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Discover 5 healthy distractions to stop a meltdown without using an iPad!

I’ve done it, my friends have done it, we’ve all done it. Our child is upset or agitated and on the verge of a melt down.  As we sense the impending big emotion or conflict, we search for a quick distraction to diffuse the situation - and might reach for the iPad.  It’s quick and many times effective at calming the situation, but it doesn’t actually teach our children to soothe themselves. But I’ve got something different for you!


Here are 5 easy distractions that can calm your child in a healthier way.


The next time your child is heated up or melting down (or well on their way), try this method for an easy but healthy distraction (that doesn’t involve technology).  Pause for a moment and wait for the right moment to quietly invite them into a new direction.


1.  “Let’s sing a song”  

This one works wonders. When my kiddos were younger, I would often begin singing a familiar favorite song, like the first verse from Twinkle Twinkle Little Star. 


After singing the first verse, I would pause and quietly invite my child to sing the next line.   We would go back and forth alternating lines until we got to the end. 


There was something about a memorized and beloved tune that they couldn’t resist. And it usually provided them with just enough distraction that their logical brain turns up, their emotional brain turns down and they start to calm down. 


2.  Use fidget toys to engage their fine motor skills

Toys like puzzles or a Rubik’s cube, where they have to both use their fingers and think about what they're doing can provide a fun distraction because it’s a game!  It can also give them a physical outlet for their nervous energy.


3.  Give them something to focus on visually

Have you ever looked at a stream of water, bubbles, or a campfire and found it a little hypnotic?  Visually soothing toys such as bubble timers and glitter jars have a similar effect. It provides a mesmerizing visual that both stimulates your attention and soothes the rest of your senses.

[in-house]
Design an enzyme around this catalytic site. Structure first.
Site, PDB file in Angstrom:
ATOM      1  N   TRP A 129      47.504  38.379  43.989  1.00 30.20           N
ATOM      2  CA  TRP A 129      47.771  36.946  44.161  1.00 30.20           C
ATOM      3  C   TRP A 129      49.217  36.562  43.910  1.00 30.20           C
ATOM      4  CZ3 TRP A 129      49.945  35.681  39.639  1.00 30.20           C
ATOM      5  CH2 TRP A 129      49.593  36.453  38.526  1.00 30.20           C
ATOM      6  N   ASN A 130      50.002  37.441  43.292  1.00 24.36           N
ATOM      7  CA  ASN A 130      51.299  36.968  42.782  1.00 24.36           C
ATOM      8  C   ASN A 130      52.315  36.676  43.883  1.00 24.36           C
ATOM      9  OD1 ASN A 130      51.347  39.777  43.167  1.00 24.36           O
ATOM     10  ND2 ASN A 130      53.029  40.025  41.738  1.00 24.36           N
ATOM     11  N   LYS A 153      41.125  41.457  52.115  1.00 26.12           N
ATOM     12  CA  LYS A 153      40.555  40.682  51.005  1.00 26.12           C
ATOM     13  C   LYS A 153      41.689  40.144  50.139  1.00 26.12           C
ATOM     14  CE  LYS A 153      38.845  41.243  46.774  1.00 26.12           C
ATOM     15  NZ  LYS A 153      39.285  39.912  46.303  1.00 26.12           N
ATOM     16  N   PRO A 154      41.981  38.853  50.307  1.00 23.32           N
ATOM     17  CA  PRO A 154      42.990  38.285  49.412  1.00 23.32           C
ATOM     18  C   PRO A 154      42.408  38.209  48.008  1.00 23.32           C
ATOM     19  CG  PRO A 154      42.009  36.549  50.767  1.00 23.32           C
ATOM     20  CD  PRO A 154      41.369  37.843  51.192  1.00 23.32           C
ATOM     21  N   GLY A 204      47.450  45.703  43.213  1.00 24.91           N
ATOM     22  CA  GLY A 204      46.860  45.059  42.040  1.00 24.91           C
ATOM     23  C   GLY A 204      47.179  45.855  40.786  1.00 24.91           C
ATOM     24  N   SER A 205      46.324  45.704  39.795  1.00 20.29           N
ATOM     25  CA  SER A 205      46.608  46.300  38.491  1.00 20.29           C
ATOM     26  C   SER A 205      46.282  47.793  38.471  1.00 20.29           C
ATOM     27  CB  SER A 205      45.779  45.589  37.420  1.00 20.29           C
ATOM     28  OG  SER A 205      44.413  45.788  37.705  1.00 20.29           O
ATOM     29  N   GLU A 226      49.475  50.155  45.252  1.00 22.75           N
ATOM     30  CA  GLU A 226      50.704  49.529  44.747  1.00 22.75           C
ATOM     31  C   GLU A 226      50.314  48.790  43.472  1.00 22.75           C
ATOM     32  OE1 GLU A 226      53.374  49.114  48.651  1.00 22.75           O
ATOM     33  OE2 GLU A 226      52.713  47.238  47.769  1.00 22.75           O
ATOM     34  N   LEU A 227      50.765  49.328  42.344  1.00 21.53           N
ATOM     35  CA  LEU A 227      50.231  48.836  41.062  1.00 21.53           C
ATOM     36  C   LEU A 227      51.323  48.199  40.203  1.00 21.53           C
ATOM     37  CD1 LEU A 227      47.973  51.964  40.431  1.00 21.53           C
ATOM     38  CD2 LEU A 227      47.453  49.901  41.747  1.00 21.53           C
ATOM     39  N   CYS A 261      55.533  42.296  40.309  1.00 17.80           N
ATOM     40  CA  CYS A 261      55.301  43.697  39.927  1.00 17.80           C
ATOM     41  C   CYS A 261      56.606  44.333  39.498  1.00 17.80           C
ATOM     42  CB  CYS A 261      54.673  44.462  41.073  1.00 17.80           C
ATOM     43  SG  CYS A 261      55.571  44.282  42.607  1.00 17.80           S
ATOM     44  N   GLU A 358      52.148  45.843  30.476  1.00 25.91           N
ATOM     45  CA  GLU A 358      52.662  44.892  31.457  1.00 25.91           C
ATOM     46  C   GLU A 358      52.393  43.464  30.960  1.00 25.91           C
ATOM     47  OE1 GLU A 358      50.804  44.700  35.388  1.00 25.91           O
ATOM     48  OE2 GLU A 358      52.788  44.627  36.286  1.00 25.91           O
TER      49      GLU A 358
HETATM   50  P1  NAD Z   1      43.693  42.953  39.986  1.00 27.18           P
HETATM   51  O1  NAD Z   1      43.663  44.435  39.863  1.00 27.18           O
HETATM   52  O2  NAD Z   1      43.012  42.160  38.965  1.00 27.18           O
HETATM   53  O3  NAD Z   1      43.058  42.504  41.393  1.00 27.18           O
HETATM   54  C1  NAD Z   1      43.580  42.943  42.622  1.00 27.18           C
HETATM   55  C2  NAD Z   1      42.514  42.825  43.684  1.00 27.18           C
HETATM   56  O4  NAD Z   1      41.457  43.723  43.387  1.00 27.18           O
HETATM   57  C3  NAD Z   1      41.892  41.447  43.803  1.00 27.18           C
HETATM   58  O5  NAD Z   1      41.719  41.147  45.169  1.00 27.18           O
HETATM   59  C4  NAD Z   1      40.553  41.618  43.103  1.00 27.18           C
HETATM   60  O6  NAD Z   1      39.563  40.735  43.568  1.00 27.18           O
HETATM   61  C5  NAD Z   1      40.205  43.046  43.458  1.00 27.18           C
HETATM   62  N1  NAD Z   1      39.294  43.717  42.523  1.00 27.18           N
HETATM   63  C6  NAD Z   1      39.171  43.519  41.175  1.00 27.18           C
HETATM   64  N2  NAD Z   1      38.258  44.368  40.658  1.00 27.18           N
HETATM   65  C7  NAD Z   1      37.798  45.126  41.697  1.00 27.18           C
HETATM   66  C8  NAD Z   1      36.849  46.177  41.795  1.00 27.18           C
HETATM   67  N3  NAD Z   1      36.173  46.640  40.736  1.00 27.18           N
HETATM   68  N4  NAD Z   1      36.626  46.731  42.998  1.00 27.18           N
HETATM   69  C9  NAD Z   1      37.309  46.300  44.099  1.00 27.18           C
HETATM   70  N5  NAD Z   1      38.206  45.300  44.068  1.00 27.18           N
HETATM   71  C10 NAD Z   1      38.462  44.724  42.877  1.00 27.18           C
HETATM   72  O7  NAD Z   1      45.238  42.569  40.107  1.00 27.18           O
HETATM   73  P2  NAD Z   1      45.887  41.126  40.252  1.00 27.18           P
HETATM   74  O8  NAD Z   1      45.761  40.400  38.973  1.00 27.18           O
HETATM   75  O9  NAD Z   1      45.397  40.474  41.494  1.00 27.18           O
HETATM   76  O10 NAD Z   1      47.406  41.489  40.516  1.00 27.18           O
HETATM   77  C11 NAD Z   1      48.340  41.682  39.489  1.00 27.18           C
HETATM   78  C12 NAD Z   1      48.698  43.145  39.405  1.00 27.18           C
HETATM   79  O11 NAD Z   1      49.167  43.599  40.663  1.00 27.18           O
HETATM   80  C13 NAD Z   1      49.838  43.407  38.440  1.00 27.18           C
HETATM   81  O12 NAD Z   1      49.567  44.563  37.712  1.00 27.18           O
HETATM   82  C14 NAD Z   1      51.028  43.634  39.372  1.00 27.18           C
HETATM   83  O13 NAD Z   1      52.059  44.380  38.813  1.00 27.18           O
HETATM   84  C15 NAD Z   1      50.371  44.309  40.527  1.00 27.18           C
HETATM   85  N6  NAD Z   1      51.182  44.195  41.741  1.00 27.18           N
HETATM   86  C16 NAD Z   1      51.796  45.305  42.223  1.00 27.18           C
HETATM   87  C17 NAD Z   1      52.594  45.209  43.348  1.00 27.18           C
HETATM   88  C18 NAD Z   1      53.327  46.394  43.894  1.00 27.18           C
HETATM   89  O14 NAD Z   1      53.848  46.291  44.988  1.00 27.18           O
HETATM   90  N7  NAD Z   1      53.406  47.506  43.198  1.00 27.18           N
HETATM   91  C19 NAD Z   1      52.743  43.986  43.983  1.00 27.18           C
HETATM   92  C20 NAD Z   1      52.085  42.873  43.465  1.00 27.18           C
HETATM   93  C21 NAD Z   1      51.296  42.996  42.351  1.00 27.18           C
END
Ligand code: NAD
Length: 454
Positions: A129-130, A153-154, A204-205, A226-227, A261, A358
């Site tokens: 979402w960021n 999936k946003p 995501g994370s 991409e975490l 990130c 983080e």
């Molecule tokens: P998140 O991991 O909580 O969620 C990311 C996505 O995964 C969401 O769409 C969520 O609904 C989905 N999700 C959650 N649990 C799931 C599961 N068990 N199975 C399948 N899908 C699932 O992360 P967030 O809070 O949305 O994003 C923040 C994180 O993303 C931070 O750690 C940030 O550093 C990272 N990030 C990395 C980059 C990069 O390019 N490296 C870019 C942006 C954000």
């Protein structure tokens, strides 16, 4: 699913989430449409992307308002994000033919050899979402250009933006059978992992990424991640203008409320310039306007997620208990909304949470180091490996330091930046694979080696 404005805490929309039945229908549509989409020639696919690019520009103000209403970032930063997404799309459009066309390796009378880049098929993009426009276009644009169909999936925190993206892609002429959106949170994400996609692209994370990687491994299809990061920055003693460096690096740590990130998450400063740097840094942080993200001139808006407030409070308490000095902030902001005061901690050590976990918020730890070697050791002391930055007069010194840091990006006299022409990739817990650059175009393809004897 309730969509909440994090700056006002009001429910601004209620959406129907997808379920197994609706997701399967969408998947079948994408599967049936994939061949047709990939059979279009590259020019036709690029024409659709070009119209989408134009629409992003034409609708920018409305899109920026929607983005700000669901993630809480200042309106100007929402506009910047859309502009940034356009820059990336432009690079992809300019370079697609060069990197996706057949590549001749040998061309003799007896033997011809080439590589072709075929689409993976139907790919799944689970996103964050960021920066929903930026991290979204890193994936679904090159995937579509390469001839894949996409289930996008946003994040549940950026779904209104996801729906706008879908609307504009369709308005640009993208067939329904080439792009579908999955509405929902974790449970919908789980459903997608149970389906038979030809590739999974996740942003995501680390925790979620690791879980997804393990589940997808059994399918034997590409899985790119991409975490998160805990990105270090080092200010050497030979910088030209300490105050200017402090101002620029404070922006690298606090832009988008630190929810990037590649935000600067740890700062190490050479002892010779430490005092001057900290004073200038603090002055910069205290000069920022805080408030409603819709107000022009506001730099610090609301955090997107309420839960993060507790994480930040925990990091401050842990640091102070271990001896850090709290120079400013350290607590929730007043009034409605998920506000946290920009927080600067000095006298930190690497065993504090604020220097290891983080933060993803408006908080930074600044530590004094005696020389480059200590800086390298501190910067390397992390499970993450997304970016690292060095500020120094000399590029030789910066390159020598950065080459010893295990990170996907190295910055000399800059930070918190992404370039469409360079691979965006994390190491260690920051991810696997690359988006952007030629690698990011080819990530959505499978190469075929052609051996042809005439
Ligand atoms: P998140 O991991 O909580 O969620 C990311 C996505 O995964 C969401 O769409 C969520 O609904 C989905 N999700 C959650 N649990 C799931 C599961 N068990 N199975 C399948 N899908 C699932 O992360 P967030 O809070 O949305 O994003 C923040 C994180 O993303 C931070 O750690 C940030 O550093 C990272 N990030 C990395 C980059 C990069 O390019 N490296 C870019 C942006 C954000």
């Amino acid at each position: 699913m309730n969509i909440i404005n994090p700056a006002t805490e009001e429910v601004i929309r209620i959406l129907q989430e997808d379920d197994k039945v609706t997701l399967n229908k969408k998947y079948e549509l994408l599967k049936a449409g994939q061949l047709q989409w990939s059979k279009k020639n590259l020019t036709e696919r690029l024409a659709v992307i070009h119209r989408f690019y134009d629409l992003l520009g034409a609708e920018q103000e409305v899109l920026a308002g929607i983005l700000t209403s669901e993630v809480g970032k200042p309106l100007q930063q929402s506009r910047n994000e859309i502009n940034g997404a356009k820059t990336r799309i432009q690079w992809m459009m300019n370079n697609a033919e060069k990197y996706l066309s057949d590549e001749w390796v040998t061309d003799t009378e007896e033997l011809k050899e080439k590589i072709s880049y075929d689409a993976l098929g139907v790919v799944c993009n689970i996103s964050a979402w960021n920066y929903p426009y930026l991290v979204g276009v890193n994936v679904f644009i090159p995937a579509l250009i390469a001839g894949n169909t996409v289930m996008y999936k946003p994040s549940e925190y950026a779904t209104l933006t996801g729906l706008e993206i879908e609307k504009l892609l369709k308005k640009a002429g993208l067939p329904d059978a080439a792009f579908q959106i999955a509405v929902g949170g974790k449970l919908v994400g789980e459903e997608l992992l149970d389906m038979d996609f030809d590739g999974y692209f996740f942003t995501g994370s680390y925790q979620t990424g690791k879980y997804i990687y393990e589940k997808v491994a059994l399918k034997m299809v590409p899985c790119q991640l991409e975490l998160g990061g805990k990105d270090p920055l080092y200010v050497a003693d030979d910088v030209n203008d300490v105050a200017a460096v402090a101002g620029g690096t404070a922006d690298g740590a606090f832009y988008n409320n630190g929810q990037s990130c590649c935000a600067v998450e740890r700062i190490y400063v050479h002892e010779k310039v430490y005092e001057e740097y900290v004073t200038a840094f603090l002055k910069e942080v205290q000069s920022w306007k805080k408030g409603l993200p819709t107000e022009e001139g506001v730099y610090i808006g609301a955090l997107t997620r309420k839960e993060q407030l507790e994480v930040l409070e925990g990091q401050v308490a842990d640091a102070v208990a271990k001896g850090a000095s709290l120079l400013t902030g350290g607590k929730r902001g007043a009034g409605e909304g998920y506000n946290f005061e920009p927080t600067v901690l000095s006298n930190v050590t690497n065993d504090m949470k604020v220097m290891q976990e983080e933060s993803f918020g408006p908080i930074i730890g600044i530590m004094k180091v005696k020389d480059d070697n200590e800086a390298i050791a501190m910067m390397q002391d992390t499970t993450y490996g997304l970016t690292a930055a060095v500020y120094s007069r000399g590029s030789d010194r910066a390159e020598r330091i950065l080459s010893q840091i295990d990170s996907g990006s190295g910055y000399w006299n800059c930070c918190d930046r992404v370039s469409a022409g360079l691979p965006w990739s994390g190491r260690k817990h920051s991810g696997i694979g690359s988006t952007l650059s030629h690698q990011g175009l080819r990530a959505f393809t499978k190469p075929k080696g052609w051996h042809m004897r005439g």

Glitter jars are one my favorites, with plenty of easy DIY solutions online.  Having one handy to shake it up and say, “let’s watch it until all the glitter falls to the bottom” can be an enticing and calming distraction.


4.  Going for a walk - or skip!

It’s no secret that moving your body can positively improve your mood.  So take a page from your own self-regulation strategies and suggest that you and your child go for a walk!


My daughter and I tried skipping as a distraction for big emotions, and we discovered that it’s really hard to skip AND feel sad at the same time!  There was something about that movement (using both sides of your body) that made the sadness melt away.  


And if your kiddo really needs to let loose, turn on some music and have a dance party!


5.  Picture books and mazes can redirect focus

Not every child enjoys mazes, puzzles or look and finds like Where’s Waldo, but if they do, this is a perfect activity to get their mind off of things. 


These are naturally quiet activities, requiring the body to rest as the mind becomes highly focused on searching for the answer.  If you’re in a location that doesn’t allow a lot of movement or noise, this can be a wonderful and appropriate distraction. A solid game of I spy works too!

5 Distractions to Stop a Meltdown Without Using an iPad
Slowing things down for a moment!


Choose the right moment


Sometimes in the height of an emotional storm, your child is so worked up that none of these distractions will even register with them. But if you can see that they are increasingly bothered by something or they can’t stop thinking about an upsetting situation, then these just might do the trick to reset their brain. 


Of course, with any strategy, there will be people who have a different approach.  They may think that it teaches our kiddos to avoid processing negative feelings.  But I’m actually a big fan because it helps the kiddos turn down their emotional brain, which is momentarily hijacking everything. Once that’s turned down, they can access their logical brain.  And teaching them to do that themselves is the greatest gift.

Need a cheat sheet or more ideas for healthy distractions?  Download my free list here.

Healthy Distraction CheatSheet.Tranquil Little One
Download PDF • 296KB

If you are interested in learning more about this topic and are looking for assistance in figuring out new and different ways to redirect your child, my Parenting Take 2 Program is a perfect match! In this 6 to 8 week private support program I will assist you in finding new ways to parent your child by creating a personalized set of tools specific to your needs and your child's needs. You share your challenges and concerns, I interact with your child in playful sessions to learn how movement and mindfulness will benefit them, and then we connect the dots! Learn more by clicking the button below.


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